Common Goldeneye - About 30 at Amherst on Lake Ontario
Common Merganser - 1 at Kingston Hot Ponds; 5 at Amherst on Lake Ontario
Bald Eagle - 2 just after crossing the border
Sharp-shinned Hawk - 1 just as we entered Kingston
Red-tailed Hawk - Several in the Kingston area; Amherst; Rte 62
Rough-legged Hawk - 1 dark morph on Amherst; 1 near Muley Point Road
American Kestrel - 3 near Orillia; 1 on 62
Ruffed Grouse - 1 on Division Road
Spruce Grouse - 1 male on the Spruce Bog Trail
Wild Turkey - 27 near Peterborough
American Coot - 5 at Kingston Hot Ponds
Herring Gull - Several flying near the Kingston Hot Ponds and the Amherst Ferry
Rock Pigeon - Up to 40 seen daily
Mourning Dove - Up to 15+ seen daily
Northern Hawk Owl - 1 in Bracebridge
Barred Owl - 1 in Whitney; 1 on 127 and 1 on 62
Great Gray Owl - 1 in Owl Woods on Amherst; 7 east of Peterborough; 10 near Orillia
Boreal Owl - 1 in Owl Woods on Amherst Island
Downy Woodpecker - Up to 2 a day
Hairy Woodpecker - 4 at Algonquin
Northern Shrike - 1 just before the Amherst Ferry; 2 on Muley Point Road
Gray Jay - 16 in Algonquin
Blue Jay - Up to 40 seen daily
American Crow - Common seen daily
Common Raven - 10 in Algonquin
Black-capped Chickadee - 40+ daily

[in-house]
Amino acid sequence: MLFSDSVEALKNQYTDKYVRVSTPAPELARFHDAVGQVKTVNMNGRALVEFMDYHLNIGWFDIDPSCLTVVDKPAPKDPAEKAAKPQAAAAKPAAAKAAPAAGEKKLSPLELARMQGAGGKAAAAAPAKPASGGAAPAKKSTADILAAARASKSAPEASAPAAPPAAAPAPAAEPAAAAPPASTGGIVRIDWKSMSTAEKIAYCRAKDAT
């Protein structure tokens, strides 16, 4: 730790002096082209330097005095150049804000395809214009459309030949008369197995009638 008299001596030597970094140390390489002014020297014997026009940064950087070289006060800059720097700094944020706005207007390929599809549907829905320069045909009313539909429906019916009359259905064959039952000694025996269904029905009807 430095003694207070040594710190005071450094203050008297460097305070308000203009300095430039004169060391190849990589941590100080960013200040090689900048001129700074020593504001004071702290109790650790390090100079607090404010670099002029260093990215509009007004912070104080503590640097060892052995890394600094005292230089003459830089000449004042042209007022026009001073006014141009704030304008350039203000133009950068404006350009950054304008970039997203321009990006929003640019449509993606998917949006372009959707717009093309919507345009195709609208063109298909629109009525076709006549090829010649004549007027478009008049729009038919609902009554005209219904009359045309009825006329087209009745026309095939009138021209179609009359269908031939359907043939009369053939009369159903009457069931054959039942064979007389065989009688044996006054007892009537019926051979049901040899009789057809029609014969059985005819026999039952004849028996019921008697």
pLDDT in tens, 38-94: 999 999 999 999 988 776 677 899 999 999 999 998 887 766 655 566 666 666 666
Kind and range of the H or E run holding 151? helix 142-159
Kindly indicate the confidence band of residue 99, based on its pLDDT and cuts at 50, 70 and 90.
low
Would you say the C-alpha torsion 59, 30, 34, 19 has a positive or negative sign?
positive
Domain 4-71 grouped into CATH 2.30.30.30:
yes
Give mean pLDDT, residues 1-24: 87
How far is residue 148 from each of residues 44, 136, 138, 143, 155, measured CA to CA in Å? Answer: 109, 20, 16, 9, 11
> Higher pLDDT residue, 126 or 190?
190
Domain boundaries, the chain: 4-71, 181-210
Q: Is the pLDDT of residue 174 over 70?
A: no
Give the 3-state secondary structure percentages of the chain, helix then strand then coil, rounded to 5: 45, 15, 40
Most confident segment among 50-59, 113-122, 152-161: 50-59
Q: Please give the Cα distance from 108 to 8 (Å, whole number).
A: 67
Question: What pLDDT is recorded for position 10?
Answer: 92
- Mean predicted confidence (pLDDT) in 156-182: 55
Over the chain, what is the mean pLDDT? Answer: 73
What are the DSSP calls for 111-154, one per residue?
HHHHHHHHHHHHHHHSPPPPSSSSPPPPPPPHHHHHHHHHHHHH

Boreal Chickadee - 2 on Arowhon Road in Algonquin
Red-breasted Nuthatch - 5 in Algonquin
White-breasted Nuthatch - Up to 2 seen daily
American Robin -2 on Amherst
Varied Thrush - 1 male in Orillia
European Starling - Common
Bohemian Waxwing - 2 in Orillia
American Tree Sparrow - 6 in Owl Woods
Harris’s Sparrow -1 immature in Orillia
White-throated Sparrow -1 heard in Owl Woods
Dark-eyed Junco -6 on Fairgrounds Road in Orillia
Snow Bunting -Several groups. Up to 35 seen on two days
Northern Cardinal - 2 in Orillia
Pine Grosbeak - 5 in Algonquin
White-winged Crossbill - About 5 in Algonquin
Common Redpoll - 24 in Orillia
Brown-headed Cowbird - 1 male in Orillia
House Sparrow - Seen daily in small numbers

Red Squirrel - 2 in Owl Woods; 4 in Algonquin
Gray Squirrel - 1 in Kingston; 1 black squirrel as well
White-tailed Deer - 40+ on Amherst Island; 7 on 62
American Marten - 1 at the Spruce Bog Trail in Algonquin